The prostate is an organ in the male reproductive system. It is a small, rubbery gland that is situated in the pelvis, below the bladder, and is responsible for producing alkaline seminal fluid, promoting survival of sperm in the female reproductive tract. The prostate gland also helps with regulating urine flow. Prostate problems are common among older men. Benign prostatic enlargement is one of the most common causes of difficulty in passing urine. Other causes include prostatitis and prostate cancer.
Signs of prostate conditions usually affect urination, including:
- Weak or thin urine stream
- Difficulties starting a urine stream or stopping and starting the stream while urinating
- Poor bladder control, which includes frequent bathroom visits
- Urinary urgency, with small amounts of urine passed
Prostate conditions may also cause problems like urinary tract infections, sexual dysfunction, bladder stones, or in extreme cases, kidney failure.
How are prostate conditions treated with surgery?
Prostate surgery depends on the type of prostate condition diagnosed and your overall health. The urologist may recommend the following if medical treatment had failed or is very likely to fail:
- Transurethral resection of the prostate
Transurethral resection of the prostate (TURP) procedure is surgery undertaken to treat male urinary problems caused by benign prostatic enlargement. TURP is an effective step for males who have not responded to medication aimed at treating a symptomatic enlarged prostate. During the TURP, which is done under spinal and/or general anaesthesia, Dr Hayden will insert a resectoscope via the urethra and use this combination visual/surgical instrument to remove the section of excess tissue from the prostate that is blocking urine flow.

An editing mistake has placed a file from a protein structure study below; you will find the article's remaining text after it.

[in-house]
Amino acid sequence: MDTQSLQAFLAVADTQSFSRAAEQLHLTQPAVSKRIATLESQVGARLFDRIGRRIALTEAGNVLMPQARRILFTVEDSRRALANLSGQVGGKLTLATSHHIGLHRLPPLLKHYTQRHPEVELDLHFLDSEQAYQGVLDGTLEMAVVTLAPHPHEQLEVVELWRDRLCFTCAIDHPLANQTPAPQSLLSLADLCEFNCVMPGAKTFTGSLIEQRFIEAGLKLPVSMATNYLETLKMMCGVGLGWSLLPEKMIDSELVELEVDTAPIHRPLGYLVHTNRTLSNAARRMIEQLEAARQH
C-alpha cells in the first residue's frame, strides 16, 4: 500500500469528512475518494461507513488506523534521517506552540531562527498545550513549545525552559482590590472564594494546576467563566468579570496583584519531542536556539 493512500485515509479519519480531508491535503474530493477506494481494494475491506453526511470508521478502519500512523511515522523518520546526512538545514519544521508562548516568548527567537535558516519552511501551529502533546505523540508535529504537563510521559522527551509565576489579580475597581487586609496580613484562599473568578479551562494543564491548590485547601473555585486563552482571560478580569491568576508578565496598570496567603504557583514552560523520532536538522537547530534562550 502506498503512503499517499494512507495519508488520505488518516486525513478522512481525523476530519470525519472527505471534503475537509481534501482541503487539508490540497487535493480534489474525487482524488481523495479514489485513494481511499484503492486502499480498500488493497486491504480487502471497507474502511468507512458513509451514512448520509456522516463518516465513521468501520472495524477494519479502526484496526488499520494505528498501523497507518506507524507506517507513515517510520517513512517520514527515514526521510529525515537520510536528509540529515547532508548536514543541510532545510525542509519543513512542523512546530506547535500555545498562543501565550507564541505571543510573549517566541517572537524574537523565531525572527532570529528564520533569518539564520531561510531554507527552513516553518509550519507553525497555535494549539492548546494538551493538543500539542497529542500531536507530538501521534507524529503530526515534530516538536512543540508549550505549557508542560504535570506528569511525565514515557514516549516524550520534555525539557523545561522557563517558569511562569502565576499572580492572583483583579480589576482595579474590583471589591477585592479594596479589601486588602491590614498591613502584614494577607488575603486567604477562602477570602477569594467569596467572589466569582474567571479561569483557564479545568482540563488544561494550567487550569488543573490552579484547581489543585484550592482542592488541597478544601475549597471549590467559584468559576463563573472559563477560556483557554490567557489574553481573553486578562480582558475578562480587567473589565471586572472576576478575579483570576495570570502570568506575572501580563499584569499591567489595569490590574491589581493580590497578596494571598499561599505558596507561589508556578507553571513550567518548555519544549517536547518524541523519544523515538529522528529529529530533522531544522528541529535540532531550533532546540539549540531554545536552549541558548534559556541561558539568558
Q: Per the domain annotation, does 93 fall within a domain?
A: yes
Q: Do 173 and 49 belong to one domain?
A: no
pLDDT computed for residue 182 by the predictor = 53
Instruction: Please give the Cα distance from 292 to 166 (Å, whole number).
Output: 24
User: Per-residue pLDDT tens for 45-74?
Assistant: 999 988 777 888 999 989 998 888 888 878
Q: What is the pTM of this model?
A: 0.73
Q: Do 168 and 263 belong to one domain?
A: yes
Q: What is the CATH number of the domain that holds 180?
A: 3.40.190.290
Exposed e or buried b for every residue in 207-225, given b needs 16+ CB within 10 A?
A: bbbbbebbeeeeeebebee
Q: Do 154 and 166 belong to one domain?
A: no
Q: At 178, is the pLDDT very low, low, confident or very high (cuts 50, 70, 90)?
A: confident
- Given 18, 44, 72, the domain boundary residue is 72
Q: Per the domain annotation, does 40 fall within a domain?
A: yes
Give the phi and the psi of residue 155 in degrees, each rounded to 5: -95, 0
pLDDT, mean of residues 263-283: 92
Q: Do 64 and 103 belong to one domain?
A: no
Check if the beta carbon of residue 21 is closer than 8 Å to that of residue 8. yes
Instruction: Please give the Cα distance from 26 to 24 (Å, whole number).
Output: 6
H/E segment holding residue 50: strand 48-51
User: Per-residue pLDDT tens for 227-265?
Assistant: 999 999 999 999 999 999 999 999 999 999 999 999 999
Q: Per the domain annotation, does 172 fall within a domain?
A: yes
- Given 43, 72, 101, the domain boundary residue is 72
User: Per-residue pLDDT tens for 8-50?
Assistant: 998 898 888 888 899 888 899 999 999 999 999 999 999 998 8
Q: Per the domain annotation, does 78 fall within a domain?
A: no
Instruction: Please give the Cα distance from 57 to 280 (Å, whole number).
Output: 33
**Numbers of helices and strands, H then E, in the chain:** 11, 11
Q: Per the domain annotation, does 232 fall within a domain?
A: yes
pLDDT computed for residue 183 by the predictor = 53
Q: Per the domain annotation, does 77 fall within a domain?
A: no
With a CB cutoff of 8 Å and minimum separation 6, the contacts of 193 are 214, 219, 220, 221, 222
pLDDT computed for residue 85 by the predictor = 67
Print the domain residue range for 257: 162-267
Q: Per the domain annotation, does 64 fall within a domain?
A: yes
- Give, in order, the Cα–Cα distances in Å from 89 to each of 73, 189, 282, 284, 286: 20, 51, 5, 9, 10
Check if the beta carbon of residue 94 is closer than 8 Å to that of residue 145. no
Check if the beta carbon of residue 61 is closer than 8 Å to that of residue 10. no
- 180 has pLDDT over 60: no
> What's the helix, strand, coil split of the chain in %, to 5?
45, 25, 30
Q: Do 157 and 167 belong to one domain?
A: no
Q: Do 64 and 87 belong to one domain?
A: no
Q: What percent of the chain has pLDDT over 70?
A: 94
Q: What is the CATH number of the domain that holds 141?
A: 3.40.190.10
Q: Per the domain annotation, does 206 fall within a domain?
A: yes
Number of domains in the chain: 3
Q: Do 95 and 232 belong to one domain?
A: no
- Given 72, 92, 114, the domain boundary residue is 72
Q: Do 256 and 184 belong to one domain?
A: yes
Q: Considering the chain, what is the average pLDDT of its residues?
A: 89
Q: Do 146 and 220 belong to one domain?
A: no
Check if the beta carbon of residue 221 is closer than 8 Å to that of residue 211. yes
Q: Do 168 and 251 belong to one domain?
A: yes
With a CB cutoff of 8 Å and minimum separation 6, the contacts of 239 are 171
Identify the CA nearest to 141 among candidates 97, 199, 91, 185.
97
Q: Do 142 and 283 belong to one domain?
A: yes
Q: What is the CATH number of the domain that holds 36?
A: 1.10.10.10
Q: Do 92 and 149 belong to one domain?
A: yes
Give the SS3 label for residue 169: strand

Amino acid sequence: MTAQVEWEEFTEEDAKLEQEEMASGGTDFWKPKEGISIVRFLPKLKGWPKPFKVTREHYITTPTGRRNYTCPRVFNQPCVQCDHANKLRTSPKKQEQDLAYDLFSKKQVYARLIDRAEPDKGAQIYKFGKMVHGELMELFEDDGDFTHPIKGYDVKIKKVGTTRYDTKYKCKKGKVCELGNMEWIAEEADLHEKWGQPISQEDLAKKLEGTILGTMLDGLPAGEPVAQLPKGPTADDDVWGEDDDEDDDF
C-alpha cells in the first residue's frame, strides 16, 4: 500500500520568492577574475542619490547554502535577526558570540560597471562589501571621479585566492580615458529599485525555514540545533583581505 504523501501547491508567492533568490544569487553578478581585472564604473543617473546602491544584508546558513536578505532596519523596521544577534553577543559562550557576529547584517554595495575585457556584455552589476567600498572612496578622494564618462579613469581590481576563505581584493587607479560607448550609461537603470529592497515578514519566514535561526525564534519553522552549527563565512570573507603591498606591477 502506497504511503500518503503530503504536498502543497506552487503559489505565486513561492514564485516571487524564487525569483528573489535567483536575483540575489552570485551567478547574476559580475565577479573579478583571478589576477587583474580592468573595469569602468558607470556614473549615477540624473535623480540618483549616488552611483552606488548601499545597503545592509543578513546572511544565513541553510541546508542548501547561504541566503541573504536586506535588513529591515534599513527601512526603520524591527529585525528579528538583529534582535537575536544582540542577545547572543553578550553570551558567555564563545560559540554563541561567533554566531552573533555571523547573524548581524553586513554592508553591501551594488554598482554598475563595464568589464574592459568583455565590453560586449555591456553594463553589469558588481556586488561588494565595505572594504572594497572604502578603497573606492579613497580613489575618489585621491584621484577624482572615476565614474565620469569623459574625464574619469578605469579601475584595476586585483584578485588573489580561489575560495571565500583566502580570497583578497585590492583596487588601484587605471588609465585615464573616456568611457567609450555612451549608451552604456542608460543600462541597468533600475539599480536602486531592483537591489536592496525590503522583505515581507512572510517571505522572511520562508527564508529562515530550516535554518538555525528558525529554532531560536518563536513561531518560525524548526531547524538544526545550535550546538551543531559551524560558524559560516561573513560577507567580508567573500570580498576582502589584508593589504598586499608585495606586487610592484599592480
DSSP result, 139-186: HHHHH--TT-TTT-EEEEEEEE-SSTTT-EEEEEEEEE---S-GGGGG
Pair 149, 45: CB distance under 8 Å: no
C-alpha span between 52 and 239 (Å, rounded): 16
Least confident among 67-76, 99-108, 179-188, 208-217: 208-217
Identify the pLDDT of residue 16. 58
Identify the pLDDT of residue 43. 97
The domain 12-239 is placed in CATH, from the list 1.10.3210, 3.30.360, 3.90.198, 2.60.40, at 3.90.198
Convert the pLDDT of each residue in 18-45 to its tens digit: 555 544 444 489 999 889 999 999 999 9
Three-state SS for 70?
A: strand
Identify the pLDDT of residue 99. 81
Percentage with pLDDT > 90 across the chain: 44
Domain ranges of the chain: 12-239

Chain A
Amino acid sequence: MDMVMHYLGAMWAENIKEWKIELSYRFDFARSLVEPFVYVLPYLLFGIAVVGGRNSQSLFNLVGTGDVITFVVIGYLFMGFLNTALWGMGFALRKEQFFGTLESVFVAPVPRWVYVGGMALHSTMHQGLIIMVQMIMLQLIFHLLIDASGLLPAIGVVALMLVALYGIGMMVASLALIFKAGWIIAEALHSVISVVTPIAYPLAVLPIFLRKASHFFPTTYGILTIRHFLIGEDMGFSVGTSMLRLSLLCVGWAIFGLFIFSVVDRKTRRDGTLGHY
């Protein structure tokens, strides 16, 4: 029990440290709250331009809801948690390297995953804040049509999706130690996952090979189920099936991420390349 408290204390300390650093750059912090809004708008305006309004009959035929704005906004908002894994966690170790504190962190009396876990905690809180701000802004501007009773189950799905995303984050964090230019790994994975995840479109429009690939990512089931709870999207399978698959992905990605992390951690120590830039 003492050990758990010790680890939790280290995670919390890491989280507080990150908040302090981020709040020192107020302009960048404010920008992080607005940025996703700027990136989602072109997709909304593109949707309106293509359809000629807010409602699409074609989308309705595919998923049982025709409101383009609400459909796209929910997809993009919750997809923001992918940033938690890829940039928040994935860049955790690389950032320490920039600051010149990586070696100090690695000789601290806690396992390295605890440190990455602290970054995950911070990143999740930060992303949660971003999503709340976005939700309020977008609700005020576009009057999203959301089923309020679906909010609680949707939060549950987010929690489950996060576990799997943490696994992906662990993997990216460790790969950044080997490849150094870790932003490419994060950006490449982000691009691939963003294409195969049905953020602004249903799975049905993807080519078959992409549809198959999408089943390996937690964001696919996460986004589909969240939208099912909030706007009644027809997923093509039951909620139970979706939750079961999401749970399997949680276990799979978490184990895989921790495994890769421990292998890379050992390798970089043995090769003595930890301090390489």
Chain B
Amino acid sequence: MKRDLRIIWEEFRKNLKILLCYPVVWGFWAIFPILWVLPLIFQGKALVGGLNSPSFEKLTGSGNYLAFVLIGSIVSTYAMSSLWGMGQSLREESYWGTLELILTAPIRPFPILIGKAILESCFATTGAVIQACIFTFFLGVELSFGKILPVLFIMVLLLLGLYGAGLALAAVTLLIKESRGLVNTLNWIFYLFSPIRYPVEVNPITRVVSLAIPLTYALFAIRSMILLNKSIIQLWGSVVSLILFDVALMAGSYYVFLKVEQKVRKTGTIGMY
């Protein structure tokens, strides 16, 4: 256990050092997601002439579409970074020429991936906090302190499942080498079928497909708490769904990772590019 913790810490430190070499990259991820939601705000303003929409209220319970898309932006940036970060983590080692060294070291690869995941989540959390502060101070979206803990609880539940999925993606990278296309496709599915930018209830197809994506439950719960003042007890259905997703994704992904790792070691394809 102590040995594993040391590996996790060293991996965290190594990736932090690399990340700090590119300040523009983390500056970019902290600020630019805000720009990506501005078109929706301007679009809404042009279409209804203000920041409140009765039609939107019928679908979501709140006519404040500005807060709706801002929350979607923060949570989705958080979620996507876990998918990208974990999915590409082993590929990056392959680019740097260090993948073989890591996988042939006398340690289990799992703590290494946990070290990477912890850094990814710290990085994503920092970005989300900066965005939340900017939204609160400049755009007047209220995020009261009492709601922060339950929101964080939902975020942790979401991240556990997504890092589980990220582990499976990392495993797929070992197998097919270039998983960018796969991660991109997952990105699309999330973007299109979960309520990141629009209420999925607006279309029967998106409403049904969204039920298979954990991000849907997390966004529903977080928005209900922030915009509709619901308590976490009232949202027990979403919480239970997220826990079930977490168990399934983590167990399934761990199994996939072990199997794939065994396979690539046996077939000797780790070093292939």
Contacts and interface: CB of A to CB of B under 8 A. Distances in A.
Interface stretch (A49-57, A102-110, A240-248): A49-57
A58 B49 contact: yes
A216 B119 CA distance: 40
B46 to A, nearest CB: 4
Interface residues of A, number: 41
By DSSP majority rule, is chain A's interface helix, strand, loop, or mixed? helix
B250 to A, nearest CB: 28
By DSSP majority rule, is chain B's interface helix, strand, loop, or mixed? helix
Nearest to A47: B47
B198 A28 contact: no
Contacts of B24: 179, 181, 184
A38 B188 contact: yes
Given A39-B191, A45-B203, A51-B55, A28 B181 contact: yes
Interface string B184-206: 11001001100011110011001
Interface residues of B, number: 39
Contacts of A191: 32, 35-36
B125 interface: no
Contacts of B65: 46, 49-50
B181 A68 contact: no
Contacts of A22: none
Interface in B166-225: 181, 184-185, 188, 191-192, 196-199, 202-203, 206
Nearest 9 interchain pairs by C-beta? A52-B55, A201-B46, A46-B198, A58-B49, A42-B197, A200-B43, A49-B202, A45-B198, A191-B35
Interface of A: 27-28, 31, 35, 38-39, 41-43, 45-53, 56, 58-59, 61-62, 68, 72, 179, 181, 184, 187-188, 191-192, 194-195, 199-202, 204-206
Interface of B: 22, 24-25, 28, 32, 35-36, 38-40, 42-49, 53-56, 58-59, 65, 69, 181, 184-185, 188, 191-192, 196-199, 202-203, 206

- Transurethral incision and/or resection of the bladder neck
A bladder neck incision (BNI) with or without resection of the bladder neck is used for treating obstructive urinating symptoms due to bladder neck dysfunction, more commonly found in younger men. Transurethral resection of the bladder neck may also be necessary for treating bladder neck contracture, which can occur at the junction of the bladder and the prostate (especially if the patient has had prostate surgery).
- Open Prostate Surgery
Excess prostate tissue is shelled out from an incision to the lower abdomen for a prostate that is too large to be effectively and safely resected via the urethra.
You should see the doctor if you notice the following:
- Blood in the urine
- Pain during urination or after ejaculation
- Pain in the penis, scrotum or the area between the scrotum and anus
- Severe discomfort in the lower abdomen
- Fever, chills, or body aches associated with urinary problems
- Weak urine stream or dribbling at the end of urinating
- Urine with an unusual odour or colour
- Inability to empty the bladder completely
- Trouble controlling the bladder, such as stopping or delaying urination
The most common temporary side effects of TURP include:
- Discomfort during urination
- Sudden urge to urinate
- Small dribbles or clots of blood in the urine
- Difficulties emptying the bladder completely
- Rarely Urinary incontinence (leakage) or urinary retention
The most common long-term side effect of TURP includes retrograde ejaculation
A diet that is low in saturated fat and high in fruits and vegetables may help prevent prostate problems.